Page 0032


August 2014 English Bridge

HOW things are being done by

our national body seems mud dled,

strange and grossly unfair

to both men and women -

actually degrading for them

both for different reasons.

I can understand there being

an Open team (men and women

able to be selected) but fail to

understand why there should be

a separate Women's team if there

is no equivalent Men's team

(what about sexism, fairness and

equal opportunities for all!).

Do the women really want to be

considered to be so inferior to

the men (at the highest level)

they have to play in their own

competitions? In all other forms

of competition run under the

auspices of the EBU, from club

to congress level, there is no


Strangely, though, under the

current policy the rules for

selecting EBU junior or under

twenty-one teams seem to be

very different - they are just

teams, consisting of both sexes!

I cannot believe I am the first

to question the situation so why

does terrible inequity exist in a

modern world? Is it a case of the

'elephant in the room' that no

one wants to admit exists, let

alone speak about it? One dare

not suggest that the EBU are

saying that to ensure women can

play at the highest echelon of the

game, i.e. European or World

Championship level, we have to

invent a special event!

An interesting follow-up

ques tion is: over the last twentyfive

years, what is the percentage

for men/women representing

England - an EBU Open team -

in the European or World


It would seem that the EBU is

not alone in this Open and

Women thing. Seemingly there

is the same team make-up

(policy?) with the European

Bridge League, the World Bridge

Federation, the Mind Sports

Games not to mention

individual countries such as the

USA! Are all these organisations

actually saying: 'An Open team

will, on the whole, mainly

consist of men because, but for a

few exceptions, the women are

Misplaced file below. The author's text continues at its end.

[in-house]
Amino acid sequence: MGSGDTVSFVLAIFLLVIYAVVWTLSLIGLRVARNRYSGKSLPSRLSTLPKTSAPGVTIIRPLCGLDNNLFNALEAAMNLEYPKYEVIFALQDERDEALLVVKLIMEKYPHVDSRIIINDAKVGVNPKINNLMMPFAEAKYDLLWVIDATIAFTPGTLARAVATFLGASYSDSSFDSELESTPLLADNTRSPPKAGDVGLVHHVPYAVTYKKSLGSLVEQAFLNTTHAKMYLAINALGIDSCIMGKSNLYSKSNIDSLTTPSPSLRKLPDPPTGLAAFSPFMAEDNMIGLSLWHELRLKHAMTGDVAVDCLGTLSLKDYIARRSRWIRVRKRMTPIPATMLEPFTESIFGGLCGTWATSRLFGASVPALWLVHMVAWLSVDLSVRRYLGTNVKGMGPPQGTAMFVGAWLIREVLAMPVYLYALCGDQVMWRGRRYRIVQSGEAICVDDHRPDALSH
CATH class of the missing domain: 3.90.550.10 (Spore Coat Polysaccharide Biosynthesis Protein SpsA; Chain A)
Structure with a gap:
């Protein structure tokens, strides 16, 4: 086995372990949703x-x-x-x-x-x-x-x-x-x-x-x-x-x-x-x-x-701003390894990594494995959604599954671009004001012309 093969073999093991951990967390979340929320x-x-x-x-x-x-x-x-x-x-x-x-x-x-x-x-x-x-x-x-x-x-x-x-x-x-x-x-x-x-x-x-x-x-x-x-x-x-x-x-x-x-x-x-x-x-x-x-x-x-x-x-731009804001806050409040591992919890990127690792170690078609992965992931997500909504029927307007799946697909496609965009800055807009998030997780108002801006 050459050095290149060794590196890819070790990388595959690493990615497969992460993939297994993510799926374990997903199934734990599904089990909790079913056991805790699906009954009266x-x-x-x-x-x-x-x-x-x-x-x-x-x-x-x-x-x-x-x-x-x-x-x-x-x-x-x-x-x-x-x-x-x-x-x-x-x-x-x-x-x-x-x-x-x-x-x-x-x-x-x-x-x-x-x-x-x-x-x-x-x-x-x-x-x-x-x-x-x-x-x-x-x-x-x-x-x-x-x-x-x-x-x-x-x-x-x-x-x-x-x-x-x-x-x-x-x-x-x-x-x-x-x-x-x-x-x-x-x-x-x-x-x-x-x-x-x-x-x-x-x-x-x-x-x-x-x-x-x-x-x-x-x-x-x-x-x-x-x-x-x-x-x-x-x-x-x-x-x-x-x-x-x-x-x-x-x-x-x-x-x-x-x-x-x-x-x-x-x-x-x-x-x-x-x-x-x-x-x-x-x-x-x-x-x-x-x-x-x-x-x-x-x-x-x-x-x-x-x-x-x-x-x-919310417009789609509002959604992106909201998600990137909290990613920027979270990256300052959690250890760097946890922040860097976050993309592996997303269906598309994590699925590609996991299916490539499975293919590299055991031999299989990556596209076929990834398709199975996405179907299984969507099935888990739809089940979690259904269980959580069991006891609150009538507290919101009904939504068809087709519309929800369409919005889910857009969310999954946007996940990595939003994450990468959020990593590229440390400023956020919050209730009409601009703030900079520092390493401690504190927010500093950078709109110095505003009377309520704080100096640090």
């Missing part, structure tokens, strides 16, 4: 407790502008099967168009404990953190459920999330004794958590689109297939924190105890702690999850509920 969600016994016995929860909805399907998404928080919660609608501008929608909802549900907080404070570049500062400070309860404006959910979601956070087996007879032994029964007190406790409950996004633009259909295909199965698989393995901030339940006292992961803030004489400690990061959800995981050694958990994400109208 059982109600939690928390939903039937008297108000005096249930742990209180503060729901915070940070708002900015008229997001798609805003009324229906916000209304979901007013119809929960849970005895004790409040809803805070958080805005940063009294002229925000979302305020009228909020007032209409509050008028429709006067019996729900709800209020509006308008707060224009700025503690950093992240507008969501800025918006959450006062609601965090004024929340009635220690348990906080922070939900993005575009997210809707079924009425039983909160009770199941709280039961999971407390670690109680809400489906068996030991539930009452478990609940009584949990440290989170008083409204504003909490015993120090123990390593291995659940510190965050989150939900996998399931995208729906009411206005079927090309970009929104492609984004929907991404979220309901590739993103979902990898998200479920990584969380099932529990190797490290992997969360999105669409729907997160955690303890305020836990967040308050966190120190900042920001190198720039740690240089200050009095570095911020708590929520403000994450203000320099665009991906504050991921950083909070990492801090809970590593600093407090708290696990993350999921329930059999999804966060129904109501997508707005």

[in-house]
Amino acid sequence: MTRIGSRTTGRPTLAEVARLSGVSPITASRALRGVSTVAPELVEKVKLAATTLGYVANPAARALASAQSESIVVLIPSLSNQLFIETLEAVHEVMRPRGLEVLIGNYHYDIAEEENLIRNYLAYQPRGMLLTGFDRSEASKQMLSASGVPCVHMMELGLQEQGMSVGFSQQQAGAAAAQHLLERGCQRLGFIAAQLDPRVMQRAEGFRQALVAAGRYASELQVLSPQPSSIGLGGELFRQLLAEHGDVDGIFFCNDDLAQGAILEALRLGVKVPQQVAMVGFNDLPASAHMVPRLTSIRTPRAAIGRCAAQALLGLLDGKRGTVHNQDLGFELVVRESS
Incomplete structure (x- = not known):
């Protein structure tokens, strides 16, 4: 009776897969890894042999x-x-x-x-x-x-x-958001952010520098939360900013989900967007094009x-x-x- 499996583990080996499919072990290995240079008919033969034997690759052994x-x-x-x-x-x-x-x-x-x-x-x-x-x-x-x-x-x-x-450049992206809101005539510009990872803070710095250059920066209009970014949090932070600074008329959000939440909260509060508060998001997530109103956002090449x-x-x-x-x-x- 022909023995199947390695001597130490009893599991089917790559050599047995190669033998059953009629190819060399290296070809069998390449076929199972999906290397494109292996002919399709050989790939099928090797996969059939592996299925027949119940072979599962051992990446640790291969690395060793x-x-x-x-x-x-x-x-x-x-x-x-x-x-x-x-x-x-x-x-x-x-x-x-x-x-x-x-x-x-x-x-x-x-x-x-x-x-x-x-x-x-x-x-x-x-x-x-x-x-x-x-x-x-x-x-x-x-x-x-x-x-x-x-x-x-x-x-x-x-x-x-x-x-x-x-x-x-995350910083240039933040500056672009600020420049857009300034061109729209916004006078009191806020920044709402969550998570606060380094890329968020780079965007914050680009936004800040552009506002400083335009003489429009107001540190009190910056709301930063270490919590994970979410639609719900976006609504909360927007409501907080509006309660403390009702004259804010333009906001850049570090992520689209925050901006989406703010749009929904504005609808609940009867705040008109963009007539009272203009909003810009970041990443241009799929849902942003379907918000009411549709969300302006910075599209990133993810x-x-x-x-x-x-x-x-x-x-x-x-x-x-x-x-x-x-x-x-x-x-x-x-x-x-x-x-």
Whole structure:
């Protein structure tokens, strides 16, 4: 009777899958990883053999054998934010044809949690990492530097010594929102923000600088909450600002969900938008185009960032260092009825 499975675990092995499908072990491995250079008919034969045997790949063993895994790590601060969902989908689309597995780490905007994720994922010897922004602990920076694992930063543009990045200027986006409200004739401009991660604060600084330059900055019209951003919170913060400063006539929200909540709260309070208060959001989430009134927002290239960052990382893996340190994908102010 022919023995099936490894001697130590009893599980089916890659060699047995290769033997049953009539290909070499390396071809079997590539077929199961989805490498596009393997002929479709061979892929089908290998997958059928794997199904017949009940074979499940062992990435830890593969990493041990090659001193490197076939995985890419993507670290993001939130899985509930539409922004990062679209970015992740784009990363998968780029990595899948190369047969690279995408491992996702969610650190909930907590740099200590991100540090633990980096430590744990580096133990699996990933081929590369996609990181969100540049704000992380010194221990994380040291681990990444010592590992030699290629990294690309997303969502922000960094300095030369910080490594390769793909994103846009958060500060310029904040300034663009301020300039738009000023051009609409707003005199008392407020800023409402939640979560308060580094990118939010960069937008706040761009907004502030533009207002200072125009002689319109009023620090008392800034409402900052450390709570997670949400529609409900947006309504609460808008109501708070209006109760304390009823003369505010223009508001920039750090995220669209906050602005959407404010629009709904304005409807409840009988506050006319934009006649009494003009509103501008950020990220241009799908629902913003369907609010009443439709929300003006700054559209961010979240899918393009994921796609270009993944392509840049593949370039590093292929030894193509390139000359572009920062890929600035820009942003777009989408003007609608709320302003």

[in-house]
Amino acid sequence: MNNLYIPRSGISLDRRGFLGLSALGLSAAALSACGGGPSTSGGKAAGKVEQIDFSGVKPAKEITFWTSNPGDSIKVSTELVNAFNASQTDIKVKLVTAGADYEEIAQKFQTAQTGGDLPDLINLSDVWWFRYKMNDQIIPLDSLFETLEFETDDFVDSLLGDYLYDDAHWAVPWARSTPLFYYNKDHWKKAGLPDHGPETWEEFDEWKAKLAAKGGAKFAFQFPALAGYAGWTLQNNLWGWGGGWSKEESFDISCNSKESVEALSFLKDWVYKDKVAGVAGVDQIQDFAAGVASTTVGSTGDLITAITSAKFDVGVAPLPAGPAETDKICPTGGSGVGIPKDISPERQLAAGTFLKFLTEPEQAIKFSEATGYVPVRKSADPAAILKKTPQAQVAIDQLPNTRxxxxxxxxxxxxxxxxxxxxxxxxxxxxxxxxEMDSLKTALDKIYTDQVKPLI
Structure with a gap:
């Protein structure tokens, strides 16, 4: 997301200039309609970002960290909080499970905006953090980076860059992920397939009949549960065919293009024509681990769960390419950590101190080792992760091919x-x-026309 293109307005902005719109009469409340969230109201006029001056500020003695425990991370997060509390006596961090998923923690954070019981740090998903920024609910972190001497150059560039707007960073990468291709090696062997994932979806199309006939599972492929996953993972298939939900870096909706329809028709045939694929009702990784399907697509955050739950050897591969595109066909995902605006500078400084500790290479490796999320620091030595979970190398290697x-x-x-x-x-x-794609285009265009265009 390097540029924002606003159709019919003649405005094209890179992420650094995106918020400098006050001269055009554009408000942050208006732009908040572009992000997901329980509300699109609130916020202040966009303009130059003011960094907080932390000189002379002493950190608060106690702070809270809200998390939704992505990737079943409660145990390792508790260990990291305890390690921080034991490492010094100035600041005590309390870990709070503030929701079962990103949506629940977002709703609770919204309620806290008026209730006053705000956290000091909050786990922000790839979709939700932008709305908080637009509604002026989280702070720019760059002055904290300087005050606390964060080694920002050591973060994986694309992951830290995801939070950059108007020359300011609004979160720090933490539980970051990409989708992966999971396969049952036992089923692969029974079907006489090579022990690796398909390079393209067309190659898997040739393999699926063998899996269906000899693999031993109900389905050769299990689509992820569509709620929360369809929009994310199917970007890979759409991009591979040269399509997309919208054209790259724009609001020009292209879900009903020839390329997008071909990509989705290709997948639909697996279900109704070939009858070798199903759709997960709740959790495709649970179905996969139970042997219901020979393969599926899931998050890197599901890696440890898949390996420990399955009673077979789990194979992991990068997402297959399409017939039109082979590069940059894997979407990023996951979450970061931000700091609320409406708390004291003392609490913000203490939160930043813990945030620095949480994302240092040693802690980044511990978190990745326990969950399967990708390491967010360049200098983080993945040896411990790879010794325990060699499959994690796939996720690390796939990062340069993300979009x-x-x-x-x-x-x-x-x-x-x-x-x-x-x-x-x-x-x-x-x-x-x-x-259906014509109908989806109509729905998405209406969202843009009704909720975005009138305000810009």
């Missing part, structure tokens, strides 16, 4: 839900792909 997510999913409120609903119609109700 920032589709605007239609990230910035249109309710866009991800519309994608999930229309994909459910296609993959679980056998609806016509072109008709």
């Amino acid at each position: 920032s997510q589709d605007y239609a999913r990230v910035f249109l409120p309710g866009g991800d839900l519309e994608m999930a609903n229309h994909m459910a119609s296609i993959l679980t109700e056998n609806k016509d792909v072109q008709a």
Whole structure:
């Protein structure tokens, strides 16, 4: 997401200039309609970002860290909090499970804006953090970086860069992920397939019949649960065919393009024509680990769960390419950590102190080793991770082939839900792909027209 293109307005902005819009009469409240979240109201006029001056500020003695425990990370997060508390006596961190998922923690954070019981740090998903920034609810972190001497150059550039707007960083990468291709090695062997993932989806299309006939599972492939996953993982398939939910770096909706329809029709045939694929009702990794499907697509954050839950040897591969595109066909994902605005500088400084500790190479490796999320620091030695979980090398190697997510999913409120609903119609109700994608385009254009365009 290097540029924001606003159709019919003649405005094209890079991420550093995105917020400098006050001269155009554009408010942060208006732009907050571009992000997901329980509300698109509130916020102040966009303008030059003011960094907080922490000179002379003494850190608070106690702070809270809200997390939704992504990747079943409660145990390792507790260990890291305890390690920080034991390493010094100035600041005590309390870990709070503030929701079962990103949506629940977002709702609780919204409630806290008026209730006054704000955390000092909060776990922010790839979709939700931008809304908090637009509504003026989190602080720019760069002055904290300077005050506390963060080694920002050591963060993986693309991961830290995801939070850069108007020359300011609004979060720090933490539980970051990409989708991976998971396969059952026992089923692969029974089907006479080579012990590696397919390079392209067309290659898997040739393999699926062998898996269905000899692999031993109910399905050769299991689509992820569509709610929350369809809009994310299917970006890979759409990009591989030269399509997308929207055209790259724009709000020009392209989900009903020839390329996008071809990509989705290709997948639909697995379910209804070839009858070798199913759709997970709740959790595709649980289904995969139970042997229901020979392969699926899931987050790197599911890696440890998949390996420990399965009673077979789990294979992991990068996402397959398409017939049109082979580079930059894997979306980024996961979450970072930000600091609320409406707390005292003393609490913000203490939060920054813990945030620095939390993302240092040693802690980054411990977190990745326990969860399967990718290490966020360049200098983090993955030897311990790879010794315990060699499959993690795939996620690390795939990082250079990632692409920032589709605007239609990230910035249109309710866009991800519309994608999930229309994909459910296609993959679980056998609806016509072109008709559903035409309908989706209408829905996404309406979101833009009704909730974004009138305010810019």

not good enough to achieve

Open team status. So, to give

them a chance to represent their

country we will devise for them

their own competition.'

To ensure equal opportunity

and fairness to both genders

why not just have teams, A

(Open), B (Women) and C

(Men) or allow two Open teams,

abandoning the Women's team


Terry Jacobs, Sheffield

Jeremy Dhondy, EBU Chairman,

replies: We enter competitions run

by the EBL/WBF/BGB. They deter mine

the categories, not us.

We may enter an Open Team

containing women. Several women

have, for example, represented

Great Britain or more recently

England in the Camrose Trophy.

Rose Meltzer won an open World

Championship playing for the USA

in 2001.

In Junior competition there is at

U25 level a Junior Women's

category. Again a woman can play in

the Open Junior competition and

this has happened for England in

recent times.

To answer the question about

women representing England at

Open level, then there are none

since we became England in 1999

and three since the 1930s when we

were Great Britain. Detail is

available in the archive a www.




three teams - Seniors, Women

and Open - who all won medals

in the European Champion ships

in Croatia. With the sad

demise of our football and

cricket teams, what a joy it is to